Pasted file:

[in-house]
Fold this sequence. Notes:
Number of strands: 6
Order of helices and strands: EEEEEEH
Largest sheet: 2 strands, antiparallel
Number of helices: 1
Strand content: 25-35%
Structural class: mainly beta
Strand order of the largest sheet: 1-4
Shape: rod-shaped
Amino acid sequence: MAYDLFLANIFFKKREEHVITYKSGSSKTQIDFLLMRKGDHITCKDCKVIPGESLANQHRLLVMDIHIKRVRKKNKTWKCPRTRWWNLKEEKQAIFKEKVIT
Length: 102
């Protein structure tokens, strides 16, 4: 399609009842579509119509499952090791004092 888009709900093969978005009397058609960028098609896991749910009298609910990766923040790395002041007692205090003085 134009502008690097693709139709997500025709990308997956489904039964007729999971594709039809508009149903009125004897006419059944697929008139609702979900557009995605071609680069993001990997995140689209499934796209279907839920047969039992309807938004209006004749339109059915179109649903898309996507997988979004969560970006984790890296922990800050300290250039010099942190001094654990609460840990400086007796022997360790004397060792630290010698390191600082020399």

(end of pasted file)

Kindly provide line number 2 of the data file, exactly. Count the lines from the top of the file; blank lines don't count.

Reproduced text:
Fold this sequence. Notes: